What is the "Citizen's United" Ruling?
Campaign Finance Prior to The Ruling
The 1990 Supreme Court case, "Austin v. Michigan Chamber of Commerce," disallowed Corporations and other private entities from endorsing or disparaging candidates in an effort to influence elections with any kind of mass media expenditures coming from their treasury funds.The 2002 Supreme Court case, "McConnell v. Federal Election Commission," likewise did the same thing prohibiting expenditures made by Corporations, unions, or other associations that resulted in media mentioning a specific candidate within thirty days of an election and within 60 days of a primary
In both cases the plaintiffs claimed that the Federal Election Campaign Act of 1971 which established this prohibition was an infringement upon the free speech engendered by the first amendment. The plaintiffs argued for the right of Corporations, Associations, and Unions to be allowed to speak freely on campaigns and candidates as autonomous entities in the influencing of elections. In both cases the constitutionality of free speech was not extended to these groups and it was reasoned in the summation of the former case that a guard was needed to prevent a "different type of corruption in the political arena: the corrosive and distorting effects of immense aggregations of wealth that are accumulated with the help of the corporate form and that have little or no correlation to the public's support for the corporation's political ideas."
After, "Citizens United."
The 2010 case, "Citizens United v. Federal Election Board," raised this question of the right of Corporations to advocate in their interests with unfettered free speech in the Political arena yet again.
Citizens United, a private non-profit neoconservative organization, was disallowed to air a film criticizing Hilary Clinton During the 2008 Primary season. This was appealed and reached the Supreme Court in 2010.
In a 5-4 decision the Citizens United group prevailed thus overturning, "Austin v. Michigan Chamber of Commerce," part of, "McConnell v. Federal Election Commission," and the statute erected by the 1971, "Federal Election Campaign Act."
Now What exactly changed with this ruling is often misinterpreted and overly-generalized. Here are some important points regarding what did and what did not change as a result of this ruling;
1. Direct contribution to campaigns from Corporations and other private organizations remain illegal.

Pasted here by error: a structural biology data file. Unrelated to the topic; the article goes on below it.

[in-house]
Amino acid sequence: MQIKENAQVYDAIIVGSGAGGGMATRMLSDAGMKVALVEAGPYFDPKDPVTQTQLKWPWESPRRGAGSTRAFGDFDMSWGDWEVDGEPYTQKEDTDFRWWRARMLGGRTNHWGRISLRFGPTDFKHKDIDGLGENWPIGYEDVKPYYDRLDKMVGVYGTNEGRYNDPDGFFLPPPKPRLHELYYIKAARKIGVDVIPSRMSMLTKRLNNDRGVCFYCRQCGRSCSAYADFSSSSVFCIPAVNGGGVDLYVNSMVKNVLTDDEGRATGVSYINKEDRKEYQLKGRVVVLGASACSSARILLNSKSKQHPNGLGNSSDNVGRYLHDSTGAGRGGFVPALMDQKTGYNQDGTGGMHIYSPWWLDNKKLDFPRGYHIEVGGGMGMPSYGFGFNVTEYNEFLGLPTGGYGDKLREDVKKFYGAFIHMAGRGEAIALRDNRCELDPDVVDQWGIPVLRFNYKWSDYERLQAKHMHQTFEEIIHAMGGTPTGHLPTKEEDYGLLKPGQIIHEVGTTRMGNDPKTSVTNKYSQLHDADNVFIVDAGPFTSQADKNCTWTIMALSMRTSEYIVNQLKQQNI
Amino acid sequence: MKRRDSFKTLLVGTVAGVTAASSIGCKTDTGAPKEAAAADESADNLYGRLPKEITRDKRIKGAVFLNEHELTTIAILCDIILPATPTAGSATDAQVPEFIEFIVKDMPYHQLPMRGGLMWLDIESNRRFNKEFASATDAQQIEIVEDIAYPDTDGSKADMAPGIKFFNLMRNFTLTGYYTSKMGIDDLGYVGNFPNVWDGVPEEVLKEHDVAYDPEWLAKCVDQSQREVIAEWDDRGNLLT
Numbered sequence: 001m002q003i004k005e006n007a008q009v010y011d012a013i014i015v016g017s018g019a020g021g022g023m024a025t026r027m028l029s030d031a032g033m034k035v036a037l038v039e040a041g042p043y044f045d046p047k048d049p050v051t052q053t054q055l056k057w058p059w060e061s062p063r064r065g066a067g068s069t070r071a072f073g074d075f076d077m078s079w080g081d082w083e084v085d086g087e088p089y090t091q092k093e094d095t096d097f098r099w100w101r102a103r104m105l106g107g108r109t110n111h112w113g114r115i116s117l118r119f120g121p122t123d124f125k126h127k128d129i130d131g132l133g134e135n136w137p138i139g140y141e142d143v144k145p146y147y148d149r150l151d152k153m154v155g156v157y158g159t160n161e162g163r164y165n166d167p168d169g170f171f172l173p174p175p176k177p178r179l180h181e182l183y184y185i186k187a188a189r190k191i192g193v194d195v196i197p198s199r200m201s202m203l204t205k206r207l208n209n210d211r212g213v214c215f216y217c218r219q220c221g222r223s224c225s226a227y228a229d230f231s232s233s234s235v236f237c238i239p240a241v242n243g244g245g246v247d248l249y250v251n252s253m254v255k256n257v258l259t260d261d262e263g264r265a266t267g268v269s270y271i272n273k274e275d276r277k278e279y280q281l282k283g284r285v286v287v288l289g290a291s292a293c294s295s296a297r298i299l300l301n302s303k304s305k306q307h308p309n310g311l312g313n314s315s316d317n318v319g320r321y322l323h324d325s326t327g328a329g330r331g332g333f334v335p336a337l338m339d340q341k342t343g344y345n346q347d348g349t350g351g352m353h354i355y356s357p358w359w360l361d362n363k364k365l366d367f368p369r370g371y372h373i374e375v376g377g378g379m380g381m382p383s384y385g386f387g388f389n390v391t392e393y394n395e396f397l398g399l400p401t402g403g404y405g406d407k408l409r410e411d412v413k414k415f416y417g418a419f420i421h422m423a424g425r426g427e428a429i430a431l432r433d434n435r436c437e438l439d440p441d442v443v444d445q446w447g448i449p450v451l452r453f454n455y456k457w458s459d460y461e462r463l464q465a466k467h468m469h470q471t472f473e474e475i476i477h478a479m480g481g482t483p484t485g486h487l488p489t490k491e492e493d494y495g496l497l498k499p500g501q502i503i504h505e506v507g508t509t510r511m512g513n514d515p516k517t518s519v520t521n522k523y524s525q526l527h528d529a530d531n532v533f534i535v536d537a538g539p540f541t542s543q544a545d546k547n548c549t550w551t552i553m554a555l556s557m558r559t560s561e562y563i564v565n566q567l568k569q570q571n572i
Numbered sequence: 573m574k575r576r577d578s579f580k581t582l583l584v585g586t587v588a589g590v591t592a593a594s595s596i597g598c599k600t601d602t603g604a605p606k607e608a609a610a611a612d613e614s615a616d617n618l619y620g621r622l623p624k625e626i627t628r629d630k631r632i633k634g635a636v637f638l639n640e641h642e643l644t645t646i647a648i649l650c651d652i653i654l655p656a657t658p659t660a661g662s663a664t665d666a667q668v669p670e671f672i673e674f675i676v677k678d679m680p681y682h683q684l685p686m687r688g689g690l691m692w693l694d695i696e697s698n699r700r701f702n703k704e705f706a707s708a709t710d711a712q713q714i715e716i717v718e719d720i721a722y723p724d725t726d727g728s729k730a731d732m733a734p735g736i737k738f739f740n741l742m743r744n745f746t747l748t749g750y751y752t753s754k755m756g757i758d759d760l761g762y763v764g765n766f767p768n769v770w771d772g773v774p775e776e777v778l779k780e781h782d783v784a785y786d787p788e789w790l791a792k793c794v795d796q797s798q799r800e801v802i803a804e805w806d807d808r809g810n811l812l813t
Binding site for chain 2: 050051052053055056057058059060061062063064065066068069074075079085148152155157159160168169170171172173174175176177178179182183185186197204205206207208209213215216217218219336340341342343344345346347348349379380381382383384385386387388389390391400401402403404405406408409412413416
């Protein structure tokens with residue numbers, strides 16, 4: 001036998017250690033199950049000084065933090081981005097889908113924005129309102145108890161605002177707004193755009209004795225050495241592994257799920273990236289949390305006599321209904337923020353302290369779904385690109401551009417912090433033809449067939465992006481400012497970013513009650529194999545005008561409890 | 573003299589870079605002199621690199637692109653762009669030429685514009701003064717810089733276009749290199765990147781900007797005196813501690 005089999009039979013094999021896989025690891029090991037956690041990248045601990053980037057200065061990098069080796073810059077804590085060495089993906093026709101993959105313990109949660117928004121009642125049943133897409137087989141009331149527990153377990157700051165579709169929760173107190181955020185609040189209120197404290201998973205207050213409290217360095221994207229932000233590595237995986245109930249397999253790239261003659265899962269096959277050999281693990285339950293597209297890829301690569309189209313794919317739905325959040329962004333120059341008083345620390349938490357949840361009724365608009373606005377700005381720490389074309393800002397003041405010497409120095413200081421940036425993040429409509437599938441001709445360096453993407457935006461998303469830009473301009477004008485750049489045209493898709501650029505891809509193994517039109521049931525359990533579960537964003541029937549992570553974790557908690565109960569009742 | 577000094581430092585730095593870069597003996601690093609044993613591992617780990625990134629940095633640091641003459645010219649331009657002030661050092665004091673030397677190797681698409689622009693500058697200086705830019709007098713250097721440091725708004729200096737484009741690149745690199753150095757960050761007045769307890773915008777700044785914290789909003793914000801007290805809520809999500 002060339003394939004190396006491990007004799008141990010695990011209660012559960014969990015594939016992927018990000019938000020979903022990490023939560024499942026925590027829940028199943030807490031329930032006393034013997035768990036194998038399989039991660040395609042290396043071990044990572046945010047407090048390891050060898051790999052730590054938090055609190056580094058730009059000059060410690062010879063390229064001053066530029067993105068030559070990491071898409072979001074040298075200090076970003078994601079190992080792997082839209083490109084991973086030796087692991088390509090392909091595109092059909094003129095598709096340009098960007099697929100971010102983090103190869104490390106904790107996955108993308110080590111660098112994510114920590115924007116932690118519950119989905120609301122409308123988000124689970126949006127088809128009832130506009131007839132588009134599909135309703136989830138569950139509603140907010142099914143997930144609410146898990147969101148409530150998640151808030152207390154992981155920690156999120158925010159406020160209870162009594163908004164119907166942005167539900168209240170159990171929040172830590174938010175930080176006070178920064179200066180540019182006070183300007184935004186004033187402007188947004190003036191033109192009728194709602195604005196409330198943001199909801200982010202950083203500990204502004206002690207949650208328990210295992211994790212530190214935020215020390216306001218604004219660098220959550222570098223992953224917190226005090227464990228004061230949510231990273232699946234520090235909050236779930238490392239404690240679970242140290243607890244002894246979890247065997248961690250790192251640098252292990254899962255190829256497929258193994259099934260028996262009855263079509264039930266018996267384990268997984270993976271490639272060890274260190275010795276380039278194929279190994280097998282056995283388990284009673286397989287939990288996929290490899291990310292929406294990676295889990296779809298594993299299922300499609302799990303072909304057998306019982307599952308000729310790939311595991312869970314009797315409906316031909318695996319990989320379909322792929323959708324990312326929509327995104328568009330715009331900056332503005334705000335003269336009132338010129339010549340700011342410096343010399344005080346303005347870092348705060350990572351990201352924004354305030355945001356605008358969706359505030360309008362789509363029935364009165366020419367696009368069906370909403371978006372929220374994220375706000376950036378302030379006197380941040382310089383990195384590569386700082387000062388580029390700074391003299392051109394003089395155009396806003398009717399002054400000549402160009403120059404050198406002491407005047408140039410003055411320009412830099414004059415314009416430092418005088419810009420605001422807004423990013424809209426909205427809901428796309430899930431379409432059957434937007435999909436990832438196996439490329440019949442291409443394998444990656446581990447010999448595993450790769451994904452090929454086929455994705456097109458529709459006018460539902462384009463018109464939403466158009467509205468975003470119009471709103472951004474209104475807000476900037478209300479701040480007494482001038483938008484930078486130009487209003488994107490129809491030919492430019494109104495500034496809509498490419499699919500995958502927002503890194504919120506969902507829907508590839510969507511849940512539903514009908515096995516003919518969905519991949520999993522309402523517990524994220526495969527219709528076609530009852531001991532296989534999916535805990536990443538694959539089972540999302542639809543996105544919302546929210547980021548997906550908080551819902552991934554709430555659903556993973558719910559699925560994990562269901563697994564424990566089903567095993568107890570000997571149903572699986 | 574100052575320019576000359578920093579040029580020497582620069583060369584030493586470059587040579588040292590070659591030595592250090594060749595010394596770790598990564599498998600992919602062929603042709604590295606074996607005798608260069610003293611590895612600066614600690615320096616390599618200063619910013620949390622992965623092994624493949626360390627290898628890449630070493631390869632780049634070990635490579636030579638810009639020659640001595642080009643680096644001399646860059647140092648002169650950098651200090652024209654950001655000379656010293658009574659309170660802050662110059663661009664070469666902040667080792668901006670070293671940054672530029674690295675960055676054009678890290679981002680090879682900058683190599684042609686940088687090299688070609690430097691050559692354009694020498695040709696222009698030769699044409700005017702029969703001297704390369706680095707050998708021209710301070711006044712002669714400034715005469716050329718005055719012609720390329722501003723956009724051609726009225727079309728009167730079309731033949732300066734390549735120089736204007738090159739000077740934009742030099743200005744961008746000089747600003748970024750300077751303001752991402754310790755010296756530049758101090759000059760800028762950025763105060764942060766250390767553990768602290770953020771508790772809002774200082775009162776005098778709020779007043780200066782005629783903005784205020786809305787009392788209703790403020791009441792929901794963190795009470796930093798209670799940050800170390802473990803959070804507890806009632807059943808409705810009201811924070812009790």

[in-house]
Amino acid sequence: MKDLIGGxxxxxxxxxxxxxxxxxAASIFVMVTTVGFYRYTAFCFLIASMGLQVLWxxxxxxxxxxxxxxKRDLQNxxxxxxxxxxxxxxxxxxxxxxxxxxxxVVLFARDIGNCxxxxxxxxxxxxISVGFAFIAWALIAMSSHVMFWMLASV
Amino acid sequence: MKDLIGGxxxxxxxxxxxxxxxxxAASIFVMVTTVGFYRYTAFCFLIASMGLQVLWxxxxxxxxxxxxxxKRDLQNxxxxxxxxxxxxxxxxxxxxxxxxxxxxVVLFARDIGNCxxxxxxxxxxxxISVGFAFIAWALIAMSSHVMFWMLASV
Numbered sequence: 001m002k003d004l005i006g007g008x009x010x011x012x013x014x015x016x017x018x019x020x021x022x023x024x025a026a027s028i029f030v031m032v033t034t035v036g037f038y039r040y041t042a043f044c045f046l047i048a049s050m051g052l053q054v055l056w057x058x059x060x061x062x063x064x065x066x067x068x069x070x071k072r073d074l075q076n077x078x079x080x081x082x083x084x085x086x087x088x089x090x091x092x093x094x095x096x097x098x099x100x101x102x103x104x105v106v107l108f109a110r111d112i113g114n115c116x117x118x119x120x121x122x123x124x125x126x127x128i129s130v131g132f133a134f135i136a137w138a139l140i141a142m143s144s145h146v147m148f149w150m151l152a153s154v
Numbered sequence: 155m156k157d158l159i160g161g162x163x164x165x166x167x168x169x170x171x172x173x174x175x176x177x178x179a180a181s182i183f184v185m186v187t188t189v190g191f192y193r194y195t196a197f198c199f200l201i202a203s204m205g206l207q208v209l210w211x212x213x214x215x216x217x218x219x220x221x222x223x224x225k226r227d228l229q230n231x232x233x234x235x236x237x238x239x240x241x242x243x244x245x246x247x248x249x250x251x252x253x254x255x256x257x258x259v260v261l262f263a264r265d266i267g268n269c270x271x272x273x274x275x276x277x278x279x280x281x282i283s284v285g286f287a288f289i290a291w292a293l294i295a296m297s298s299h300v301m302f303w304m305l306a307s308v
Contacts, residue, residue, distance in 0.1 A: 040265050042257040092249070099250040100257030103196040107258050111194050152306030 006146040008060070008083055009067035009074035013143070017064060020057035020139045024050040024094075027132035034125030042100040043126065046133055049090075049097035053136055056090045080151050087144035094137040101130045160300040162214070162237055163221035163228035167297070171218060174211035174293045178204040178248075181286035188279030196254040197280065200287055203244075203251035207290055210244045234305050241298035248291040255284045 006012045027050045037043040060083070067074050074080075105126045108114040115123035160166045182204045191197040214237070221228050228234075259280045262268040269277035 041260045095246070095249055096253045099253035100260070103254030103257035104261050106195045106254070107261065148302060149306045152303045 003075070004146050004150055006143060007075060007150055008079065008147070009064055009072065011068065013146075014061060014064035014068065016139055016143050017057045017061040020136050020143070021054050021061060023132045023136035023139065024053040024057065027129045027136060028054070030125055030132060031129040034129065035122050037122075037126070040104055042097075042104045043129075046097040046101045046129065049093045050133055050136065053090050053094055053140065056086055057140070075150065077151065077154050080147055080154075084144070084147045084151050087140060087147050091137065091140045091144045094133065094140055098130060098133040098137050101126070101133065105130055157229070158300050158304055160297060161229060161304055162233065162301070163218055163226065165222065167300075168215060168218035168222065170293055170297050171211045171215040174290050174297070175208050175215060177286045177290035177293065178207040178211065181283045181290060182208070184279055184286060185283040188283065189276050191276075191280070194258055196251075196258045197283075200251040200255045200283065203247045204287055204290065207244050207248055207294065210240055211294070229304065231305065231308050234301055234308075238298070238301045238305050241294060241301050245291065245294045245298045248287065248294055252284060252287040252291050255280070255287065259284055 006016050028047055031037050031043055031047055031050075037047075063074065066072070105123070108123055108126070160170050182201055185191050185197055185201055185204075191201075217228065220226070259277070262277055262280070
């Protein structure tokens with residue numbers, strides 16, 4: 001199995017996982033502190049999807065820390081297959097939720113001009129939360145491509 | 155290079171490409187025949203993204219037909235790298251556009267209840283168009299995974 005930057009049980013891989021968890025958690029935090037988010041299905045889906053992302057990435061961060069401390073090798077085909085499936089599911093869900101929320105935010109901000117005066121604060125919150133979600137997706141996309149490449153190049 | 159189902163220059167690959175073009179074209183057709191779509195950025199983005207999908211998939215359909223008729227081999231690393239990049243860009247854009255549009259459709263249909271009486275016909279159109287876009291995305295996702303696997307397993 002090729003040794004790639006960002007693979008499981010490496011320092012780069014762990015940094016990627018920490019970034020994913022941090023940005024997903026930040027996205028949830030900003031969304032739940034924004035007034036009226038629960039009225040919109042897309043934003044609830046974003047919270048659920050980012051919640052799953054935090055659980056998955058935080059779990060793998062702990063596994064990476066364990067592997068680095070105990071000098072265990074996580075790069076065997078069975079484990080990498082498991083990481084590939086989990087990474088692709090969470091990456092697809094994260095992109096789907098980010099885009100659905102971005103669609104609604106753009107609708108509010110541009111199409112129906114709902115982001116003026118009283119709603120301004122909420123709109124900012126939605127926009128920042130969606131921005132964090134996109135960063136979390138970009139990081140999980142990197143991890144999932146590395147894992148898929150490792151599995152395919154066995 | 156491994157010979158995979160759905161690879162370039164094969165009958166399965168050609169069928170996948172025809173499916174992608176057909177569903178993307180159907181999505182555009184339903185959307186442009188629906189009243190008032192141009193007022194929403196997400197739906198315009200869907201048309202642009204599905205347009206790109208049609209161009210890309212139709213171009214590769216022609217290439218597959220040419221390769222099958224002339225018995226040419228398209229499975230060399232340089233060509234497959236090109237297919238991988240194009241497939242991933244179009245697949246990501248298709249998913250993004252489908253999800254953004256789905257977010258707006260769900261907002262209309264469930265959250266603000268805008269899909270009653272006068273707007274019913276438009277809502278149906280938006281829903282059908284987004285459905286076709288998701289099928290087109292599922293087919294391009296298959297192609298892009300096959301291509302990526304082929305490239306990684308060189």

2. Public disclosure of the financing of Political advertisements remain a requirement.
3. The ruling does not permit corporations and other organizations to donate directly to campaigns nor did it change the amounts that could be individually donated to campaigns.
4. Corporations could now use their general treasury fund for, "electioneering communications," that were not the direct result of coordination with a campaign.
5. It was now a violation of the free speech of Corporations or other private organizations to disallow them from producing and airing independent communications endorsing or disparaging a political candidate.
The Rise of The Super PAC
The, "Citizens United," ruling is often credited solely for the establishment of Super PACs (Political Action Committees). But this ruling still did not reverse the disallowance of PACs from accepting Corporate contributions or individual contributions In excess of $5,000.
In "Speechnow.org v. Federal Election Commission" two months after the, "Citizens United Ruling," the District of Columbia Court of Appeals held in a 9-0 decision that in light of the, "Citizens United," ruling the sources and sizes of contributions did not have to be disclosed or limited in the case of private organizations contributing independent expenditures, that is un-collaborated with specific campaigns, in support or opposition of a Political candidate.
This gave individuals, corporations, and special interest groups the ability to privately fund PACs supporting the election of a candidate with no necessary public disclosure concerning the amounts and sources of money donated.
These two rulings made the 2012 presidential election an entirely unique event in that campaigns could now be buttressed and financed, as long as the collaboration wasn't blatantly obvious, by single individuals, small consortiums of individuals with shared legislative interests, and Corporations. Karl Rove alone managed super PACs that spent in excessive of $300 million in support of Republican candidates.
The political fall out of such a system being entirely legalized has been the cause of much concern. The dissenting Justice Stephens in the, "Citizens United," ruling wrote, "A democracy cannot function effectively when its constituent members believe laws are being bought and sold," and that "the improper use of money to influence the result [of an election] is to deny to the nation in a vital particular the power of self protection."
In effect the ruling gives the wealthy a much louder and persistent voice in the Political process and moves us closer in the direction of a Plutocracy. What's more the decision treats Corporations as individuals with the same rights to free expression as actual people. In that Corporations are legally bound only to maximize the value of the shares held by their stockholders, this makes them decidedly impersonal entities that are bound to push the legal limits of environmentally hazardous production processes. They also reserve the right to collective indifference regarding their reinvestment in domestic Economic health.